He stressed that involvement throughout the event, as did Anne Faircloth who, along with Deborah Johnson and Ann Butler hosted the women’s luncheon which was billed not so much as a political event but rather as an opportunity to hold a conversation with McCrory.
“I’m excited to see so many women turn out to hear his plans and visions for North Carolina, and I’m especially excited to see so many young women here,” Faircloth stressed.
Before introducing McCrory, Faircloth said she supported his bid for governor because he was a man who believed, as she did, in trying to give citizens the tools they needed to achieve and the freedom to succeed, with fewer regulations and more innovation.
“… he believes in giving us the freedoms we need to be the best citizens for North Carolina we can be,” Faircloth said, as McCrory made his way to the front of the club house. Before sitting down with campaign co-chairwoman Aldona Wos, McCrory offered first a vote of confidence to Faircloth and then a thank you to all those who’d come out to share the meal and the conversation with him.
“I think I just decided to vote for Anne Faircloth,” he joked as he thanked her, Johnson and Butler for hosting the event. “I’ve always been very impressed with Anne and her comments were right on the mark,” he stressed before moving right into short remarks.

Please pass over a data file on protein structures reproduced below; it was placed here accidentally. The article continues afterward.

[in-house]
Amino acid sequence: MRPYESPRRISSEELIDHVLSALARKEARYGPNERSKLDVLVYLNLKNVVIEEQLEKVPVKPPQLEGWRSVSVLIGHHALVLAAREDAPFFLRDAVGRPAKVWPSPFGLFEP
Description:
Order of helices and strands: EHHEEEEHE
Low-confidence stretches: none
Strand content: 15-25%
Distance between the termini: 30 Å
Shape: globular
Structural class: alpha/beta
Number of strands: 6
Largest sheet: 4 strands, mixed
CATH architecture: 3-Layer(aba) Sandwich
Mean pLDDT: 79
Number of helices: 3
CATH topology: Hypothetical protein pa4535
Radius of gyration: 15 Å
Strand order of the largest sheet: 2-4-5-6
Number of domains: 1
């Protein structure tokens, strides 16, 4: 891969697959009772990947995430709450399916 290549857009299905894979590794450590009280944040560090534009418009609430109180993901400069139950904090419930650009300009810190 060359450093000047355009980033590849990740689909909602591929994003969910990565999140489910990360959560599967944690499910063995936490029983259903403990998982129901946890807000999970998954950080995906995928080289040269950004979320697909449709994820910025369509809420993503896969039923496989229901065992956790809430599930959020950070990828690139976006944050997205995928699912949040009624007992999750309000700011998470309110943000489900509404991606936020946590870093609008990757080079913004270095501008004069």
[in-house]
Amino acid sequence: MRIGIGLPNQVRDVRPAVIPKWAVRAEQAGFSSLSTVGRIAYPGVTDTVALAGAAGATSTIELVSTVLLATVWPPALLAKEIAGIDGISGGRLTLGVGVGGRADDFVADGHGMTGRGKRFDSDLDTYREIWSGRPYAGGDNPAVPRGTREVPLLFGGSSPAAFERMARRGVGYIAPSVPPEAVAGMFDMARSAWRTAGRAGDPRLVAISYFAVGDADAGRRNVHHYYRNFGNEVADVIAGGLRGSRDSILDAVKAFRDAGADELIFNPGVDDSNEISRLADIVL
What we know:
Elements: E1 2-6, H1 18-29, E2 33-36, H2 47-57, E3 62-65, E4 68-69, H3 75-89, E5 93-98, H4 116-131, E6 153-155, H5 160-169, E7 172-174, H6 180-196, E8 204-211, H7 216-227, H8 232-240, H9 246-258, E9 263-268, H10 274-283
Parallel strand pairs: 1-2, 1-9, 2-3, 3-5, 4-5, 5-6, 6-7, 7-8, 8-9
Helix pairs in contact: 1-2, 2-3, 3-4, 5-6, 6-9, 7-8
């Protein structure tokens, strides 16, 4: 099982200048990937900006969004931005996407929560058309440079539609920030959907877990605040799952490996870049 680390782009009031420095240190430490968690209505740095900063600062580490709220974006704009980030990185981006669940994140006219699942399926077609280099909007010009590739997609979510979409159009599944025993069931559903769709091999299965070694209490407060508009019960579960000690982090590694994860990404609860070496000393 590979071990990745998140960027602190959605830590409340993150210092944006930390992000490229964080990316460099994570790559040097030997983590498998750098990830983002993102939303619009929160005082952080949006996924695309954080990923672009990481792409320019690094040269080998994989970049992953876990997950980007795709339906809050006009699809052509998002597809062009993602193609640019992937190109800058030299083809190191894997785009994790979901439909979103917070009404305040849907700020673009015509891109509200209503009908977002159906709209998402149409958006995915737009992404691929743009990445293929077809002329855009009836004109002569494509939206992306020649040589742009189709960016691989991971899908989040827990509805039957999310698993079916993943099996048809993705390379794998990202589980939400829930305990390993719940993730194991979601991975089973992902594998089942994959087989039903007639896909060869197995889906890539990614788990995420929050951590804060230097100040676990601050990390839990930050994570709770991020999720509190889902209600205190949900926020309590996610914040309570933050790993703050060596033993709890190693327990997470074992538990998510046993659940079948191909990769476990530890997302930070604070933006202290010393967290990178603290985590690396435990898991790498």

“I’m really not here to give a speech, I’m here to listen,” he said, joining Wos in chairs positioned at the front of the room.
He talked briefly about North Carolina’s high unemployment rate, saying being ranked fifth in the nation wasn’t good and it was something that needed great attention.
“Our state is facing extremely challenging times right now,” McCrory stressed. “I love this state. To me, there’s no better state than North Carolina, but it’s not the North Carolina I grew up in right now, it’s not the state that once had unlimited potential. My goal is to make it so again. To make us number one in employment not fifth in unemployment. It will take the private sector to get us out of this recession.”